Attention Deficit Hyperactivity Disorder (ADHD)

ADHD is one of the most common childhood disorders and can continue through adolescence and adulthood. It is currently recognized as a disorder with behavioural, emotional, educational and cognitive aspects that impact on the life of a child with ADHD every day of the year. ADHD children face two major problems at school are poor scholastic performance and poor peer relations. Even bright and gifted children with ADHD may get poor grades because of their inability to concentrate and complete the tasks. ADHD also impairs memory. Many children with the disorder repeat a class or drop out of school.

ADHD symptoms can appear between the ages of 3 and 6 and can continue through adolescence and adulthood. It is more common in males than females. Females with ADHD are more likely to have problems primarily with inattention. Other conditions, such as learning disabilities, anxiety disorder, conduct disorder, depression, and substance abuse, are common in people with ADHD.

Signs and Symptoms

Inattention and hyperactivity-impulsivity are the key behaviours of ADHD. Some children with ADHD only have problems with one of the behaviours, while others have both inattention and hyperactivity-impulsivity. Most children have the combined type of ADHD. In preschool the most common ADHD symptom is hyperactivity.

Inattention: –

Children with inattention may often:

  • Fails to pay attention to tasks or play, including conversations, lectures, or lengthy reading.
  • Difficulty in sustaining attention on tasks or play activities.
  • Not seem to listen what is being said to him/her.
  • Not follow through our instructions and fails to do schoolwork, chores and duties.
  • Difficulty in organizing tasks and activities, such as what to do in sequence, keeping materials and belongings in order, having messy work and poor time management, and failing to meet deadlines.
  • Avoid or dislike tasks that require sustained mental effort, such as schoolwork or homework, preparing reports, completing forms or reviewing lengthy papers.
  • Lose things necessary for tasks or activities, such as school supplies, pencils, books, tools, wallets, keys, paperwork, eyeglasses, and cell phones.
  • Easily distracted by unrelated thoughts or stimuli.


Children with hyperactivity-impulsivity may often:

  • Fidget and squirm in their seats.
  • Leaves seat in classroom or in either situation when he is expected to be seated.
  • Run or climb excessively in situations where it is inappropriate.  
  • Be unable to play or engage in hobbies quietly.
  • Be constantly in motion or “on the go,” or act as if “driven by a motor”.
  • Talk nonstop.
  • Blurt out an answer before a question has been completed.
  • Have difficulty in waiting in queues.
  • Interrupt or intrude on others, for example in conversations, games, or activities.

Causes of ADHD

No one knows what causes ADHD. Like many other illnesses, a number of factors can contribute to ADHD, such as:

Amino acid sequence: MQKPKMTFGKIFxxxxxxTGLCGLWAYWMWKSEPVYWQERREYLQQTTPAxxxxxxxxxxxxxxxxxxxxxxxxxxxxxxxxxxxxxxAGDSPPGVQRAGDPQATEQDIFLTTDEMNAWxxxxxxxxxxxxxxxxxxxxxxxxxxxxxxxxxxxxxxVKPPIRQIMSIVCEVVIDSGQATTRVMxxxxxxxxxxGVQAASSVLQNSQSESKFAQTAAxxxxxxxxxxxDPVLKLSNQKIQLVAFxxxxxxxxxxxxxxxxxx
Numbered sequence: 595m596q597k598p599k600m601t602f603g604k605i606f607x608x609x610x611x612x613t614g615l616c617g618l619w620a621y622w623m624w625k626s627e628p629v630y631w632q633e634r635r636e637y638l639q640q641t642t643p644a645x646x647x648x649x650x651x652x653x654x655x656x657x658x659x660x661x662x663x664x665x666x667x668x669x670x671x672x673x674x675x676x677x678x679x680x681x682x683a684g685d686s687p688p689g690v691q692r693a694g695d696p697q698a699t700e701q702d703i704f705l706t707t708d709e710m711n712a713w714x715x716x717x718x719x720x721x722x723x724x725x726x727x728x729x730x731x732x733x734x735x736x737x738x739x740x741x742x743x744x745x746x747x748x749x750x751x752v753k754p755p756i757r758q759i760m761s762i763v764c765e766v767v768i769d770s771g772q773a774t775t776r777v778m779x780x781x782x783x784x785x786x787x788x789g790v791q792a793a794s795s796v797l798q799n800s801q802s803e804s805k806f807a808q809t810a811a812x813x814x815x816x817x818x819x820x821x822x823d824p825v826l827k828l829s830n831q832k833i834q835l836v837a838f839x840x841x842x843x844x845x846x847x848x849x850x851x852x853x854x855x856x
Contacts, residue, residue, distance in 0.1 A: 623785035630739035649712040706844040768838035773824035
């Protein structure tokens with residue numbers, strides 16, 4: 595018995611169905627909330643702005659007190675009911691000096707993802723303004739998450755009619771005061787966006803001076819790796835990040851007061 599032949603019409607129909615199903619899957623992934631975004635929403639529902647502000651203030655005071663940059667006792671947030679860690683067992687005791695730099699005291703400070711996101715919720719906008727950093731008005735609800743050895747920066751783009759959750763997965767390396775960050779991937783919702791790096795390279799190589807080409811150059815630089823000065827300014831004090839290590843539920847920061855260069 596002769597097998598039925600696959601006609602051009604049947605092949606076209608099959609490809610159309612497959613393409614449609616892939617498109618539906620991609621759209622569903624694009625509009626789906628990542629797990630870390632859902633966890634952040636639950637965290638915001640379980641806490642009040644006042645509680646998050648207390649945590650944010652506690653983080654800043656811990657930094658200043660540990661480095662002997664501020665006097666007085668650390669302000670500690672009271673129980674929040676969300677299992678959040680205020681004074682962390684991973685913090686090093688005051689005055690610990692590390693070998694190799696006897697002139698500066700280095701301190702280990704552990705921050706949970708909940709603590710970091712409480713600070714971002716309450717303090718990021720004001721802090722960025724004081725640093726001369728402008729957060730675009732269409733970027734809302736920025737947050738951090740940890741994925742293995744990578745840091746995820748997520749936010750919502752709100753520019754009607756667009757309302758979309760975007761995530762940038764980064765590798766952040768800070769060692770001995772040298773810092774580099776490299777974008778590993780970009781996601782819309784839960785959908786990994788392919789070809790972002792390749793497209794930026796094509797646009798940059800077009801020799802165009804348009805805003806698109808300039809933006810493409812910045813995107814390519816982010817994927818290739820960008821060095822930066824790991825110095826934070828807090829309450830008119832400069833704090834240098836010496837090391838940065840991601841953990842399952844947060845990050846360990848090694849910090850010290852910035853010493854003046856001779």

• Genes
  • Lack of discipline
  • Conflict between parents
  • Parental neglect
  • Sibling rivalry
  • Exposure to environmental toxins during pregnancy
  • Low birth weight
  • Brain injuries
  • Birth complications


The most effective way to treat ADHD is a combination of following approaches.


Special Education:

A student with ADHD may require the support of a special educator in order to fully access the curriculum. The special educator may work as either a resource room teacher or in-class support teacher.


Behaviour Therapy:

Along with the academic support children with ADHD requires strategies for modifying undesirable behaviours. Positive and negative reinforcement, extinction, Schedules of reinforcement, modelling, shaping, time-out, response cost, and token reinforcement are commonly used techniques to treat ADHD. It enhances self-esteem and increases motivation in children.



ADHD medication may help to improve the ability to concentrate, control impulses, plan ahead and follow through with tasks.


Tips for parents:

  • Seek professional evaluation and treatment early.
  • Have consistent and reasonable expectations of your child.
  • Give the child clear directions and break up assignments into some small simple tasks.
  • Set up an effective discipline system.
  • Create a fixed routine and structure the day for your child.
  • Identify your child’s strengths and build on them. Children with ADHD are often creative, very energetic and have a high IQ.
  • Try to provide a quiet distraction-free environment for your child to study or play in.
  • Channelize your child’s energies in constructive physical activities.
  • Be sure to praise your child for his or her efforts, not just the outcome.
  • Tell your child that you love and support him or her unconditionally.

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Psychologist Jayesh K.G

Jayesh KG Consultant Psychologist & Remedial Educator

Jayesh K.G is an experienced and eminent Psychologist based in Thrissur and Kochi. He is currently working as Consultant Psychologist & Child Specialist at POSITIVE Psycho therapeutic Clinic, Thrissur. He worked as a Consultant Psychologist, Dept. of Child and Adolescent Guidance Clinic, Healing Minds-A clinic for mind wellness, Kochi. He is also leading the Department of Child and Adolescent Guidance Clinic at CHILD Development & Psychotherapy Clinic, Kodungallur and Olive Health Care, Vatanapalli.

Jayesh undertakes programs to increase awareness regarding mental health issues among the general population with the help of visual and print media.

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